By the time Michael Bay's "Transformers: Revenge of the Fallen" hits movie theaters across America next summer, IDW is hoping that Transfans everywhere will roll out to comic shops in equal numbers as they do to multiplexes. The publisher shows no signs of stopping their various waves of "Transformers" comic book as they announced a strong slate of Robots In Disguise stories set to debut throughout the rest of 2008 and into 2009 at Comic-Con International's "All Hail the Transformers!" panel in San Diego including new tie-ins to the upcoming film sequel, more mini series and one-shots set in the Generation 1 universe such as a 5-part "Dinobots" series and the long-rumored origin of the Transformers mythology called "The Thirteen" written by Simon Furman.
"We're definitely trying to do a little something for everybody on 'Transformers,'" IDW Publisher and Editor-in-Chief Chris Ryall told CBR, and with the sheer number of Transformers comics ramping up for production, readers will have plenty of options. Immediate plans for the classic Generation 1-style comics IDW has been producing over the past few years include a new "Spotlight" one-shot focusing on the character Blurr by writer Shane McCarthy who also heads up the recently launched "All Hail Megatron!" mini series which will soon feature an original character called Drift who has been selected by Transformers owners Hasbro to be made into a toy - the first original IDW creation to ever receive the honor.
"You push for that in every series, so it was a very nice surprise getting to do that," Ryall explained. "It was pretty awesome when Shane McCarthy created this stuff and we had Guido [Guidi] do sketches for it. We thought, 'Aw, there's no way they're ever going to let us do this.' But they loved it! They were like, 'Give us more sketches, and let us see it in color. How will is transform? What'll it look like and turn into?' And then really quickly, they said, 'Our designers loved it. It's going to be a toy.'"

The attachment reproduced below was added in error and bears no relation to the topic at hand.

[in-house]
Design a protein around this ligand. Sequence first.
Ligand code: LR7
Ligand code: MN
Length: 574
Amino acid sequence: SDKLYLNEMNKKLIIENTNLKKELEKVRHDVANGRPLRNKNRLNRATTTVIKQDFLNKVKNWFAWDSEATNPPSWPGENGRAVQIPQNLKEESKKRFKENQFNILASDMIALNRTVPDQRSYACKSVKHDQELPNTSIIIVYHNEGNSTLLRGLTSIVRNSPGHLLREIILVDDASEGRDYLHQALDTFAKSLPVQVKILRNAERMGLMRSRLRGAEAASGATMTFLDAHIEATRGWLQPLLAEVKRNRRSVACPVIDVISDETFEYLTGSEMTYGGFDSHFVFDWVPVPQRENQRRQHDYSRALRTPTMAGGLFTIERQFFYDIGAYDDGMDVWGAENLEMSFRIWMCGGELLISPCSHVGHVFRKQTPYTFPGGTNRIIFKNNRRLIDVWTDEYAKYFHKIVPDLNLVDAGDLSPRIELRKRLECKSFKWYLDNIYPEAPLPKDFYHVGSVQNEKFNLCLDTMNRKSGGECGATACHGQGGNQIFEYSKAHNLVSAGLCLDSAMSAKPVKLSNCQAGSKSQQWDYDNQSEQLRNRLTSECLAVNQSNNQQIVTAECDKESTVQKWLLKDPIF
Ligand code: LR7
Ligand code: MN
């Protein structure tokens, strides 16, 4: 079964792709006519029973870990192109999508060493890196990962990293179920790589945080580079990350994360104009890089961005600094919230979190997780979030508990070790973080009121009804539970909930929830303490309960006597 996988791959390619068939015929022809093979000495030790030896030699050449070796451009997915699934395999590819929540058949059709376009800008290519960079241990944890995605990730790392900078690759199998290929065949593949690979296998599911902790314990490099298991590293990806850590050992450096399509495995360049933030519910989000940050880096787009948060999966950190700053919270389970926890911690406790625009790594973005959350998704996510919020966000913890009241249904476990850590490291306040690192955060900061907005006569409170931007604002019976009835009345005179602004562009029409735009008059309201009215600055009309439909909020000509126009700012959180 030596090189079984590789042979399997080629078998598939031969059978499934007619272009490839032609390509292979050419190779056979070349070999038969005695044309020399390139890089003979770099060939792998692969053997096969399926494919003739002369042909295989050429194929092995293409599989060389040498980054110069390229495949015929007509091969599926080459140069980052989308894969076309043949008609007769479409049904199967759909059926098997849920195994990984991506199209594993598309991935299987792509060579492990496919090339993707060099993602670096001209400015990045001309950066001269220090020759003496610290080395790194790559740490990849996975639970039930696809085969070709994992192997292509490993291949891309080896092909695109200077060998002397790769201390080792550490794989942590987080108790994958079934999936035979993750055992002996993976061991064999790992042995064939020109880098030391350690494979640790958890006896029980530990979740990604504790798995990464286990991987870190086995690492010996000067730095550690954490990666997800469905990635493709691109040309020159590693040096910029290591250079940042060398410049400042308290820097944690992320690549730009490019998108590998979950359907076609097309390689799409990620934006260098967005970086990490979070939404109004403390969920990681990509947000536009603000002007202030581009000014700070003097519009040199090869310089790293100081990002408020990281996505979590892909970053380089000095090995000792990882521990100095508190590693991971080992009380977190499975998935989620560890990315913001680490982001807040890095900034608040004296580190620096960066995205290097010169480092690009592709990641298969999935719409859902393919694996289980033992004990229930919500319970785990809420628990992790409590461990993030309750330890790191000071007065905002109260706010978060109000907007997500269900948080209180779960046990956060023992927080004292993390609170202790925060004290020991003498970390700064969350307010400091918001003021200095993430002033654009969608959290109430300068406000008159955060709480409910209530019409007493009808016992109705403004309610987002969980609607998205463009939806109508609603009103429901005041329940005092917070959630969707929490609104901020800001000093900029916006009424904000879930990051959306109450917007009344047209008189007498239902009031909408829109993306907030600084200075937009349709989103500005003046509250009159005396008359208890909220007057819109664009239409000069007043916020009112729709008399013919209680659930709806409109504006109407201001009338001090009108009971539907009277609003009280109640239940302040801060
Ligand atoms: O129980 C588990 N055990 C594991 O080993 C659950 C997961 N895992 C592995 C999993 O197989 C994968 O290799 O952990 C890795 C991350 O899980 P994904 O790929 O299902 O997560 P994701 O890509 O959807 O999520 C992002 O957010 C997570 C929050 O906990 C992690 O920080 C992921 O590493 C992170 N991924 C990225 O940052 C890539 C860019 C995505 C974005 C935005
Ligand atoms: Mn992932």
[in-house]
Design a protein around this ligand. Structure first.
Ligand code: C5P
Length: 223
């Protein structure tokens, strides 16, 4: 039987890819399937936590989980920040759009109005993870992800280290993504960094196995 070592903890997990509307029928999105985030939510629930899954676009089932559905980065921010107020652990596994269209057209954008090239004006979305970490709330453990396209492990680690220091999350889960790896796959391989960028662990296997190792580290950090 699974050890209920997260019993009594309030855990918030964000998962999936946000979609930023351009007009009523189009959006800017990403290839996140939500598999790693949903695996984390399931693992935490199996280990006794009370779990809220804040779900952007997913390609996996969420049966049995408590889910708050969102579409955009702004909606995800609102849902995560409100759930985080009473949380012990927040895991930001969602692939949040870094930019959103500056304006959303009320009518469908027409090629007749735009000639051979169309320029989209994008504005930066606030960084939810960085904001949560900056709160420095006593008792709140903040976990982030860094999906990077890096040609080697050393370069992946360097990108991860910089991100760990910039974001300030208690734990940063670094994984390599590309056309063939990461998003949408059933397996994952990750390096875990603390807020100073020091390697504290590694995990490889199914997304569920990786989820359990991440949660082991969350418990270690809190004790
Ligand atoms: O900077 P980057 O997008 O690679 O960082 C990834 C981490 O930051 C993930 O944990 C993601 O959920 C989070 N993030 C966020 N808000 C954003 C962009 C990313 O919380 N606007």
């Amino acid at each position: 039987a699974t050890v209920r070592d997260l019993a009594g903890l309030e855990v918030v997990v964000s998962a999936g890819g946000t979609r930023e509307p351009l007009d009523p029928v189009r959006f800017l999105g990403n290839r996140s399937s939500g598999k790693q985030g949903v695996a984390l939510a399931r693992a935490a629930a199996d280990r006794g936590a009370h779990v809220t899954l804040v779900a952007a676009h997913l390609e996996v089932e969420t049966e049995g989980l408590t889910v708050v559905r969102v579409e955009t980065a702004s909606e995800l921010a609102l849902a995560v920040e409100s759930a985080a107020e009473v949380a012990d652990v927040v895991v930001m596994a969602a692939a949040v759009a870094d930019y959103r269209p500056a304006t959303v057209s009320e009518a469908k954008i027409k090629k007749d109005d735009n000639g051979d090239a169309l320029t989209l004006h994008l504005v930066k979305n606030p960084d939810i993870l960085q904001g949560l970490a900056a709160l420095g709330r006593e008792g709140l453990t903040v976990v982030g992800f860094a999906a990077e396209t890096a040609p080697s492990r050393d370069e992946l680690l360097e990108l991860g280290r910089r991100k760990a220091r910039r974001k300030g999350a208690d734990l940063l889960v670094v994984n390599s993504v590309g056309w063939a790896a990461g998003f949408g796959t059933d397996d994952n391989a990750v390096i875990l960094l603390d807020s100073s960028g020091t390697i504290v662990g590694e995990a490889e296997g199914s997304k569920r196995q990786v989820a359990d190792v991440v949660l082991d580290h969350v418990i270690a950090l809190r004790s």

Next summer, longtime Transformers writer and general guru Furman will return to the movie-verse for the adaptation of the new picture. "I think it's great having him work on both because he brings such great decades of knowledge and information about the characters and this world and make it make even more sense," Ryall said.
For his part, Furman is looking forward to tying together some of the background established in the original comics to the stories presented on screen. "I certainly will look at it to see if there's more depth that we can layer into it," the writer explained. "I know that the movies, without too many specifics, don't touch upon some of the mythology of the Transformers. There's a little bit of that there, but I figure in the way of movies it won't be a big part because that would require a lot of budget and so forth. There may be an opportunity in the adaptation to go a little deeper in to some of that side.
"I think both Hasbro and the movie people and IDW are fully invested in this movie universe because it's going to be around for a few years yet, what with possible sequels and sequels to sequels. I think this is something everybody's going to be behind for a while. There's scope to developing material between the movies or running up to the movie or just out the other side of it. I think everybody's geared up for this movie-verse now, and come next year it will all start to be a lot more integral with the mythos behind Transformers."
The rest of Furman's upcoming work will center on two of his most beloved ideas within the Transformers comic universe; longtime fan favorite characters the Dinobots get a 5-issue series titled "Transformers: Maximum Dinobots" and drawn by Nick Roche, and 25 years of hints finally come into light when the definitive Transformers origin tale "Transformers: The 13" debuts in 2009.